Watchdog groups demand secretary of state accept incomplete voter registrations

(Photo/unquiet, Flickr)
(Photo/unquiet, Flickr)

Voting rights experts upbraided Colorado Secretary of State Mike Coffman today for shirking federal law by rejecting as many as 10,000 new voter applications.

In a letter to Coffman, representatives of eight organizations, including the American Civil Liberties Union (ACLU) of Colorado, Colorado Common Cause and the Fair Elections Legal Network in Washington, D.C., demanded that the secretary of state’s office direct county clerks to accept applications with minor omissions or technical mistakes.

“The policy put out by the Secretary of State unfairly punishes a significant portion of the Colorado electorate,” says Elena Nuñez, program director with Colorado Common Cause.

At issue is a new voter registration form that Coffman approved for use this year in order to comply with the 2002 Help America Vote Act. The form, which voter watchdog groups say is unclearly worded, asks voters without Colorado identification to enter the last four digits of their Social Security number, plus check a box to indicate that they don’t have state ID. However, thousands of voters — at least 3,100 in Denver alone — either did not check the box or erroneously used their Social Security number when they should have entered a driver’s license number.

The forms contained enough information to verify the voter’s eligibility, however county clerks all over the state rejected the applications. Voting rights experts say that this practice is “inconsistent” with a 1971 federal law mandating elections officials to accept incomplete voter registration forms, so long as they could ascertain that the applicant is indeed eligible to vote.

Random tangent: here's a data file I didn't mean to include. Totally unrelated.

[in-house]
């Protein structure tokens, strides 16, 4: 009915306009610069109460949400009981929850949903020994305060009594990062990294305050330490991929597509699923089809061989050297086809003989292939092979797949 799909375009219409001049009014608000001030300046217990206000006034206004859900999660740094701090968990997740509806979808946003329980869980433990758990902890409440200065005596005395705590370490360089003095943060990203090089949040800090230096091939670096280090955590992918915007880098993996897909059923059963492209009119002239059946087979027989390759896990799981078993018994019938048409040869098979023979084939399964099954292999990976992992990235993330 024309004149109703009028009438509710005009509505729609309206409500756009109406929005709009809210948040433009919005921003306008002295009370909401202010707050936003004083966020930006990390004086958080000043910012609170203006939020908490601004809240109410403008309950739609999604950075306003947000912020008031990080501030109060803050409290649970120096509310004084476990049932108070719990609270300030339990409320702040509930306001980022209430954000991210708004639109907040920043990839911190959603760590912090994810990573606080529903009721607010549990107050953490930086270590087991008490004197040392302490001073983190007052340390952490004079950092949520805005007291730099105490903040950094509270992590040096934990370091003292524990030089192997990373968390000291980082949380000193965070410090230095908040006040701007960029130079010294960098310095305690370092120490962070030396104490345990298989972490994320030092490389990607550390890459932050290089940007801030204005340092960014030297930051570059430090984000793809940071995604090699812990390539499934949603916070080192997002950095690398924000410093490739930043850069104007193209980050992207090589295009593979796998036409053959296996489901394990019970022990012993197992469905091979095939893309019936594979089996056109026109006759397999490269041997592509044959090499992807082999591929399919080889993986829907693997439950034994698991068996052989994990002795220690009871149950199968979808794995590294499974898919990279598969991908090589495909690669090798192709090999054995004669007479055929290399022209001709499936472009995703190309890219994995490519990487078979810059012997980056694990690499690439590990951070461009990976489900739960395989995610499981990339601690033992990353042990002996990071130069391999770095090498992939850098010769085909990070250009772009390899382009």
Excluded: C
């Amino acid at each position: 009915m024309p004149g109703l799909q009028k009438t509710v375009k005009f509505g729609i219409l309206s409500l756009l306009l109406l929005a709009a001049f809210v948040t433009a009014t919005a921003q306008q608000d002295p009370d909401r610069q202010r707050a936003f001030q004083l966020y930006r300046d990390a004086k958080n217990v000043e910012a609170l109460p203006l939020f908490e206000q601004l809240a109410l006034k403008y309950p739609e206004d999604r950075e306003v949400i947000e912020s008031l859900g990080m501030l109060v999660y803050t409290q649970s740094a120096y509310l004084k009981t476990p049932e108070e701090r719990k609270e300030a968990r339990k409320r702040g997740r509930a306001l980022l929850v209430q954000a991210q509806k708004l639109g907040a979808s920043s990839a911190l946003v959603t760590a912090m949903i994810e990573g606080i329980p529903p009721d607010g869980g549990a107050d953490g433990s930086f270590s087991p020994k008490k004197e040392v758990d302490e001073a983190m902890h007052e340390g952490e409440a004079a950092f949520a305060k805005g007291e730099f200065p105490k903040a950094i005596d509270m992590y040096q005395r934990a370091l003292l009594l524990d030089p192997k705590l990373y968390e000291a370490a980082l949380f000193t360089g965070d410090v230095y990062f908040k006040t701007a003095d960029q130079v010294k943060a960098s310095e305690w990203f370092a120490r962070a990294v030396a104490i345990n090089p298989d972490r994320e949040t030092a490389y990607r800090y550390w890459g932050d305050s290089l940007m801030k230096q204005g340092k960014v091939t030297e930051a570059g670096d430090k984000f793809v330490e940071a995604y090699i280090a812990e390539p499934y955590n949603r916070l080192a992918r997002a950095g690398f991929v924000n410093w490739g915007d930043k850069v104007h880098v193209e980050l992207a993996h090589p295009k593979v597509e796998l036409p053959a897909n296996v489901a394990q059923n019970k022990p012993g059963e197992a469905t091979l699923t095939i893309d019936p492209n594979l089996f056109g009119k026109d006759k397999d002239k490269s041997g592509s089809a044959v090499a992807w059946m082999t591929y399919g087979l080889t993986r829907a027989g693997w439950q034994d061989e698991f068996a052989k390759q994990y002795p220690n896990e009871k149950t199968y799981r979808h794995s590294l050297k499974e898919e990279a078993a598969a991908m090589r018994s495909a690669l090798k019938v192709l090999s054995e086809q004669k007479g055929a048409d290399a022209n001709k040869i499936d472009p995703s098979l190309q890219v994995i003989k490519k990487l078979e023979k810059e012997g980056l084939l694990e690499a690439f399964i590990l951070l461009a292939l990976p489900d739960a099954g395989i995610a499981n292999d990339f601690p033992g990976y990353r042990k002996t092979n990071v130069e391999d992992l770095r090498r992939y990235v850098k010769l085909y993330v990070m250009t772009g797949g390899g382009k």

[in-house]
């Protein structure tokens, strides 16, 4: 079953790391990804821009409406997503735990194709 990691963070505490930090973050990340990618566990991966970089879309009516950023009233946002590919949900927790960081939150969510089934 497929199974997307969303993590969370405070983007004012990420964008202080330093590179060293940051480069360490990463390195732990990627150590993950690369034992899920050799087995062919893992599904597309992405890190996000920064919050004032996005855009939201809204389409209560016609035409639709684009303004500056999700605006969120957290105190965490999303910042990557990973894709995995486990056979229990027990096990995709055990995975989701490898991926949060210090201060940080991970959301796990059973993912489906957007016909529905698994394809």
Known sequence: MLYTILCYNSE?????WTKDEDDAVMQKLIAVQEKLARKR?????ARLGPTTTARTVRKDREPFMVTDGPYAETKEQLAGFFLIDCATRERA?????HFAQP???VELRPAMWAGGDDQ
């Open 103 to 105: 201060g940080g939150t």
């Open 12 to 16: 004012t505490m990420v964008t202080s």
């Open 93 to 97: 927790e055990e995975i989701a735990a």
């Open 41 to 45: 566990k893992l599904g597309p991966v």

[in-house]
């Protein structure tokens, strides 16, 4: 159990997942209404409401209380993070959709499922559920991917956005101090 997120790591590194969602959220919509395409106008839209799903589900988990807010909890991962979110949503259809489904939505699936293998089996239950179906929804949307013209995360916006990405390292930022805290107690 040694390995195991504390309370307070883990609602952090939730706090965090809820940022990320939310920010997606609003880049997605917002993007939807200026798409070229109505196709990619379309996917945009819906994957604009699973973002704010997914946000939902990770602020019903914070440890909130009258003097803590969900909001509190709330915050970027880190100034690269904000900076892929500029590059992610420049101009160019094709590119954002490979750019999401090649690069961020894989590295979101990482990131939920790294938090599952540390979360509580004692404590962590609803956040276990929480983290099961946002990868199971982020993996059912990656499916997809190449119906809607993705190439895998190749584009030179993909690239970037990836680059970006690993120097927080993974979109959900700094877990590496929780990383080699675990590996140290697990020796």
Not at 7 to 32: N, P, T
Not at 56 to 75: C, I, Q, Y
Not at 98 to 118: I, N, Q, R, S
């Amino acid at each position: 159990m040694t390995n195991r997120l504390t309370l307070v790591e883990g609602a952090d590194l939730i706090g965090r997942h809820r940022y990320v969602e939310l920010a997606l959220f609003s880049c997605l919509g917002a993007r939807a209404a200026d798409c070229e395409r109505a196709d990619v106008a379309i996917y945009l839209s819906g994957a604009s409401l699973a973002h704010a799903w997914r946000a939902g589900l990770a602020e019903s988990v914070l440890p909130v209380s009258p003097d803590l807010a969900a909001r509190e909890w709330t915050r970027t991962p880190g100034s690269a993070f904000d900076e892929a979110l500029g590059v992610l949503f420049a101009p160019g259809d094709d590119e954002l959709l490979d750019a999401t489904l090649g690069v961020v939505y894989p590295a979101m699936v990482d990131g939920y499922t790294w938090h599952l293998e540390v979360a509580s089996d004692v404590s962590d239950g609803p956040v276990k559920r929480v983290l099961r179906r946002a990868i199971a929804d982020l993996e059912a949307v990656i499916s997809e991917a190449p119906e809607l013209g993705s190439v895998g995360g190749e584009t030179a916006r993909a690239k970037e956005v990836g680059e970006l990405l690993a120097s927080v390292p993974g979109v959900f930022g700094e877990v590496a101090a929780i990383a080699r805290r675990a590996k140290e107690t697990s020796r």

“Even though they provided the forms they needed, they might not get to vote,” says Nuñez. “We are asking that their registrations be completed so they can participate.”

The letter also raised concerns that county clerks — overwhelmed by sorting through hundreds of thousands of new voter applications — have delayed addressing these incomplete forms. That cuts down the amount of time that an applicant has to amend his or her faulty form.

In the case that the secretary of state’s office refuses to change course, representatives from the groups called on Coffman and the county clerks to more aggressively reach out to people with incomplete applications. Current practice is for clerks to mail a letter to these individuals, who have until the end of the month to fix their registrations. The voting rights experts urged Coffman to allow these people to amend their registrations over the phone, rather than in person.

“We would love to see the Secretary of State take leadership on the issue and advance a policy of letting eligible voters who filled out forms to get onto the rolls,” says Nuñez. “But if that doesn’t happen, we are asking clerks to make sure the incomplete forms are processed as quickly as possible so there is time for them to get on the rolls.”

Nuñez says that legal action may be on the table if Coffman doesn’t move on the issue.

Secretary of State spokesman Richard Coolidge did not respond to repeated requests for comment.

Denver County Clerk spokesman Alton Dillard has recently downplayed the severity of the issue, saying, “The talk going on about people being denied the right to vote because of this is incorrect.”

The voting rights experts, on the other hand, say the problem could only get worse as county clerks are still processing applications ahead of Election Day.

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